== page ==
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Religion and American Culture Caucus

Exploring the Post-Secular

There has been a great deal of talk in recent years suggesting that we have entered a “post-secular” age. Much of this is a response to the resurgence of politicized religion on the world scene. But what, if anything, does the term “post-secular” even mean? Have we really entered into a post-secular age? And if so, what implications, if any, does this have for the social sciences? Do these developments imply a new approach to the study of religion? A wholesale reconstruction of social science? A shift towards social philosophy?  Is there such a thing as “post-secular social science”?


This conference brings together a number of analysts of religion and its entanglements with the world in an attempt to assess these questions. We will address the possible meanings of religion and of the various terms with roots in the term “secular”: secularism, secularity, secularization. Without some grappling with the question of what religion is, it is very difficult to say what secularity or secularization might entail. We will explore the extent to which the “return of religion” is a product of an actual upsurge of religiosity around the world as opposed to greater scholarly attention to religion. We will also examine the ways in which the global religious situation may compel us to reconsider how we think about both religion and social science.

Friday, April 3 - Henry R. Luce Hall, 34 Hillhouse Avenue, rooms 202 & 203

8:50 A.M.  Introductory remarks  
Philip Gorski, David Kyuman Kim, John Torpey

9:00 A.M.  Richard Madsen, University of California at San Diego
“What is Religion? Categorical Re-configurations in a Global Horizon”
discussant: Deborah Davis, Yale University


10:00 A.M.  Aditya Nigam, Center for the Study of Developing Societies
“What Comes After the Secular?”
discussant: Arvind Rajagopal, New York University

11:15 A.M.  Courtney Bender, Columbia University
“Things in their Entanglements”
discussant: Paul Lichterman, University of Southern California

1:00 P.M.    Philip Gorski, Yale University
“Recovered Goods: The Moral Underpinnings of Durkheimian Sociology”
discussant: Steven Lukes, New York University

2:00 P.M.  Hent de Vries, Johns Hopkins University
“Obama’s Deep Pragmatism”

3:15 P.M.    Bryan S. Turner, Wellesley College
“On Doing Religion: Critical Reflections on Rorty, Derrida and Vattimo with Special Reference to ‘Asian Religions’”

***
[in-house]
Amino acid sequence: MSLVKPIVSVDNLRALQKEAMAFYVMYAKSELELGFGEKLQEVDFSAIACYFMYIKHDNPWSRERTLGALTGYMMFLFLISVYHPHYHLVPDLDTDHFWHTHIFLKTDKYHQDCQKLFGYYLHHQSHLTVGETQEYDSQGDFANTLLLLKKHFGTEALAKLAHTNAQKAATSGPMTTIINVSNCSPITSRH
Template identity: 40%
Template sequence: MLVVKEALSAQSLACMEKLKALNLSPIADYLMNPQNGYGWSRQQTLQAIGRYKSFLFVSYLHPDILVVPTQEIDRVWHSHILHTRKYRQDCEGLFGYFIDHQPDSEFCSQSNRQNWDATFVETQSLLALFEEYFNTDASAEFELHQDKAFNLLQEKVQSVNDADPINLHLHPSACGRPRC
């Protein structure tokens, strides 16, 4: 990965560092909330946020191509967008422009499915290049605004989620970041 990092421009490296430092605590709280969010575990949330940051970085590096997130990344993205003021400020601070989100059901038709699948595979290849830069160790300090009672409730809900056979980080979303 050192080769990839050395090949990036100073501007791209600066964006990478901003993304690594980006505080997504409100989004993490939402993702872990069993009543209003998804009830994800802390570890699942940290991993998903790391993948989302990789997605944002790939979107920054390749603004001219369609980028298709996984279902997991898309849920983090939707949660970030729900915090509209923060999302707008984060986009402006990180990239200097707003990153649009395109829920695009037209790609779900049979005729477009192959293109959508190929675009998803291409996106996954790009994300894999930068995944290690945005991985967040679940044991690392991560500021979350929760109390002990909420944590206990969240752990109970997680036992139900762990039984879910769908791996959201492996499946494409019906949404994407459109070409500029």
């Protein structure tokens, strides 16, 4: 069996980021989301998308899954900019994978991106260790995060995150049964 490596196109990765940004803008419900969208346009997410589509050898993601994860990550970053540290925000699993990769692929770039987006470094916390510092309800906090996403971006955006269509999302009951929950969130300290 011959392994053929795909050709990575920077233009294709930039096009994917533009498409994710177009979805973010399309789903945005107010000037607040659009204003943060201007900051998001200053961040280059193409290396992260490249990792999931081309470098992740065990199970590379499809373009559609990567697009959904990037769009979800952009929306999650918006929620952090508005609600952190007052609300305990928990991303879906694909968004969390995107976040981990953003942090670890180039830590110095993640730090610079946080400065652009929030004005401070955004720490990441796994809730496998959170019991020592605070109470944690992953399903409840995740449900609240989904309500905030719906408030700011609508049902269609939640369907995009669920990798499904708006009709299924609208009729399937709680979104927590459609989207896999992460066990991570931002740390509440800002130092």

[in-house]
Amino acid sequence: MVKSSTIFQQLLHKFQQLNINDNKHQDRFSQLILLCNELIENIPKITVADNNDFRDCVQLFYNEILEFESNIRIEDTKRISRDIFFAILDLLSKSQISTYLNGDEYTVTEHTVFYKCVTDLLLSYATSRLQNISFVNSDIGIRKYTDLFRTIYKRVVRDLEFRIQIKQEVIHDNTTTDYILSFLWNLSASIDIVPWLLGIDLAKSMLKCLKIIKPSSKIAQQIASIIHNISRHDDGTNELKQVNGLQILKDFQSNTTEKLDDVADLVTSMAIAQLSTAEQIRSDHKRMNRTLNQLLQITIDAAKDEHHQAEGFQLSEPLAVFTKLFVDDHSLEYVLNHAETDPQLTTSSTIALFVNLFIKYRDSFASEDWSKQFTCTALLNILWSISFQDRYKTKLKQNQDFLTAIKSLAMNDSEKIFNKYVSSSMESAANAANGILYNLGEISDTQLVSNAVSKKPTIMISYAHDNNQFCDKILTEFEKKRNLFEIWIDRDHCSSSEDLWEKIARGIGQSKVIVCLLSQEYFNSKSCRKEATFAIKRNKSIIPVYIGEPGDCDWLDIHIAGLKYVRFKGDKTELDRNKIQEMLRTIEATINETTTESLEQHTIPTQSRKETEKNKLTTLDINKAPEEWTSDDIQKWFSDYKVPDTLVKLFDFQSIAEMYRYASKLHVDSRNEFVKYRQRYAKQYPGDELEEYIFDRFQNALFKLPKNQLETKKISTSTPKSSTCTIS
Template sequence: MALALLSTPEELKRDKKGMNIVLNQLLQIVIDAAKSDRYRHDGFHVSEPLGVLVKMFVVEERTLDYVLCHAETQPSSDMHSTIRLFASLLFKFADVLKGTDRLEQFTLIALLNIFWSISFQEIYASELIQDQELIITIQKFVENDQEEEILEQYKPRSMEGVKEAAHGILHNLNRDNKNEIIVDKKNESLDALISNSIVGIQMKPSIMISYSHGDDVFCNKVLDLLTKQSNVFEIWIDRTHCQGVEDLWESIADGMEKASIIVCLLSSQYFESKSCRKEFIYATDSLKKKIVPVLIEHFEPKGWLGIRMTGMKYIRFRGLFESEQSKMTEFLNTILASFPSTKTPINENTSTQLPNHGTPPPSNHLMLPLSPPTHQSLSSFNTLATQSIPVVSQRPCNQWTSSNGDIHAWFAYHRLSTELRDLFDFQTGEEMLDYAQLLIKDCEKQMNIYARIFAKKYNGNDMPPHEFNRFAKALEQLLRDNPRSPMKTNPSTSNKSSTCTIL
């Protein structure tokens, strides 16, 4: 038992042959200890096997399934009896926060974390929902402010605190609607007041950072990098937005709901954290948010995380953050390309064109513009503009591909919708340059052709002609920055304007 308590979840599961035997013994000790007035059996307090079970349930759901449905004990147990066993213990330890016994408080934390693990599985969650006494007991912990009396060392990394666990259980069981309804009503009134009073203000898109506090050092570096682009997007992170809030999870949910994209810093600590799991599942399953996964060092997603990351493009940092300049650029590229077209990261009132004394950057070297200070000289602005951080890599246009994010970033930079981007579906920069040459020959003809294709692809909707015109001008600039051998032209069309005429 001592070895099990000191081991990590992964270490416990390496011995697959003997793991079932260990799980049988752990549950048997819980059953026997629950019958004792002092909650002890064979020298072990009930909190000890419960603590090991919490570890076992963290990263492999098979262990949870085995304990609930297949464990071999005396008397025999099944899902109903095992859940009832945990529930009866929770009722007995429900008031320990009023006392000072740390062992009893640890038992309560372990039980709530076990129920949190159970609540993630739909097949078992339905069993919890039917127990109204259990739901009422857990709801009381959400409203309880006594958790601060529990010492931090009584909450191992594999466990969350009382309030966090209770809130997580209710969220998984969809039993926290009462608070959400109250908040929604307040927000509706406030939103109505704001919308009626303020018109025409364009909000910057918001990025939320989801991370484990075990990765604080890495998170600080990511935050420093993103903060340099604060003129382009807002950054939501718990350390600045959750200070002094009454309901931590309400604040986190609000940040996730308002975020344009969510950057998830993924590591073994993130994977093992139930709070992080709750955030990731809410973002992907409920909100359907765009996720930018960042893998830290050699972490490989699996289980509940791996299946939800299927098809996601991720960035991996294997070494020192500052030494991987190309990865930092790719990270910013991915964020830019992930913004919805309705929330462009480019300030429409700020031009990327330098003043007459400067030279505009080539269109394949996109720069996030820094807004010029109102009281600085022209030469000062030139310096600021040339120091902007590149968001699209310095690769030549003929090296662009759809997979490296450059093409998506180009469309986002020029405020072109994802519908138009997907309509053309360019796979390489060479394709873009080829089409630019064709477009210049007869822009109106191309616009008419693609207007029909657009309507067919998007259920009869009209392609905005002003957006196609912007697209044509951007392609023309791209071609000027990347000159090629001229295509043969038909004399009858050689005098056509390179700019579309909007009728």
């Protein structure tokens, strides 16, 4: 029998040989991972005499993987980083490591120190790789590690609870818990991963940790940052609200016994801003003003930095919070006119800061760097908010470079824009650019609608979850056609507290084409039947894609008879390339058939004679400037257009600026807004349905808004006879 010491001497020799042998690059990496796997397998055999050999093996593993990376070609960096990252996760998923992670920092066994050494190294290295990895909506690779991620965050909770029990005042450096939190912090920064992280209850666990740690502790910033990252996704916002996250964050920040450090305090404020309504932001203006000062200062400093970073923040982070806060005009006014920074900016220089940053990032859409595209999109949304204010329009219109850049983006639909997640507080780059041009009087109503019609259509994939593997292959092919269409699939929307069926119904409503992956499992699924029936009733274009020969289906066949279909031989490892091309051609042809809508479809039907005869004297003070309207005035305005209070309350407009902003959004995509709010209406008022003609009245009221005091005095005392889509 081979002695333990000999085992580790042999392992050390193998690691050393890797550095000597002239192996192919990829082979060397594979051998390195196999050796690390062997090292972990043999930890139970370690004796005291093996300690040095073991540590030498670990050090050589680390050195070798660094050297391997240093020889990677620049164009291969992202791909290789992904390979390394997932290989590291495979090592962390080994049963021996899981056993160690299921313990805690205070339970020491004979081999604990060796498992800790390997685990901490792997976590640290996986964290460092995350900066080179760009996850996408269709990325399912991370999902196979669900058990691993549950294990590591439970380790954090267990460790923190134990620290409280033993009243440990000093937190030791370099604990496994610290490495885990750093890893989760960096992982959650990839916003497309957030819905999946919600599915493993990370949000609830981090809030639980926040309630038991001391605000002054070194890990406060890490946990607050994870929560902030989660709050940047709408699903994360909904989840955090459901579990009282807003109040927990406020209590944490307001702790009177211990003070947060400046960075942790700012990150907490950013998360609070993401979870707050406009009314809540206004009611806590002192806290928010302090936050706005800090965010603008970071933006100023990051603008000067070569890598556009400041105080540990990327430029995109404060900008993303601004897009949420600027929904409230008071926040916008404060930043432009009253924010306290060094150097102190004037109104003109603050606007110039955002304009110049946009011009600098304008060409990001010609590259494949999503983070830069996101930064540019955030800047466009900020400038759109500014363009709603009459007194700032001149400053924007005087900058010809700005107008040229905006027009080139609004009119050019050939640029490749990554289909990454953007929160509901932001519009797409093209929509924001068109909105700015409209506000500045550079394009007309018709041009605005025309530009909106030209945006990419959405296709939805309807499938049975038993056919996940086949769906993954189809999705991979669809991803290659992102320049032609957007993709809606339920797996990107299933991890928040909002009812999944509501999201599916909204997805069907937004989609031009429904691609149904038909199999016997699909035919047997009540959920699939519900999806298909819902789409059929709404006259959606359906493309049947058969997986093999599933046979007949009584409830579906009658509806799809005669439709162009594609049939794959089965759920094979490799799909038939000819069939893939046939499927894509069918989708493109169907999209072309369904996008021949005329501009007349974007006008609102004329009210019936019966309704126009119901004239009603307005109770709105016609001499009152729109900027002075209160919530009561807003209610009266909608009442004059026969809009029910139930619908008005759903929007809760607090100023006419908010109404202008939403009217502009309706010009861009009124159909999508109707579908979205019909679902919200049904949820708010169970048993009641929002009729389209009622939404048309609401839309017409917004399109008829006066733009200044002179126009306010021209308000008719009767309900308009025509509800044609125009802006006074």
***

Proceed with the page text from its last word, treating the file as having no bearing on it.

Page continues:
discussant: Fred Dallmayr, University of Notre Dame

4:15 P.M.  James K.A. Smith, Calvin College
“Secular Liturgies and the Prospects for a ‘Post-Secular’ Age”
discussant: Pericles Lewis, Yale University

5:30 P.M.  John Schmalzbauer, Missouri State University
            “Religion and Knowledge in the Post-Secular Academy”
            discussant: Peter Steinfels, Fordham University
               
6:30 P.M.  End of panels for the day



Saturday, April 4 - Henry R. Luce Hall Auditorium, 34 Hillhouse Avenue

8:30 A.M.  Penny Edgell, University of Minnesota
            “Religion as Cultural Repertoire, or, the Post-Secular as Scholarly Turning Point”
            discussant: Tomoko Masuzawa, University of Michigan


9:30 A.M.  Michele Dillon, University of New Hampshire
“Probing the Post-Secular Turn: Bridging Grandiose Claims and Lived Realities”
            discussant: David Little, Harvard University

10:45 A.M.  John Torpey, The Graduate Center, City University of New York
“A (Post-)Secular Age? Religion and the Two Exceptionalisms”
discussant: David Morgan, Duke University

11:45 A.M.  Eduardo Mendieta, SUNY at Stony Brook
“Spiritual Politics and Post-secular Authenticity: Foucault and Habermas on Post-Metaphysical Religion”
discussant: Ludger Viefhues-Bailey, Yale University

1:30 P.M.  Roundtable
Craig Calhoun, SSRC & New York University
Josť Casanova, Georgetown University
David Kyuman Kim, SSRC & Connecticut College

3:00 P.M.  End of conference



Conveners: Philip Gorski, John Torpey, David Kyuman Kim.

Conference sponsors: The MacMillan Center Initiative on Religion, Politics, and Society; The Center for Comparative Research at Yale University; Social Science Research Council; co-sponsored by The Graduate Center, City University ofNew York.

The conference is free and open to the public. No registration is required. For further information, please contact the conference coordinator, Ateş Altınordu, at .(JavaScript must be enabled to view this email address).

By Andrew Offenburger, Thu, March 19, 2009 - 3:00 pm
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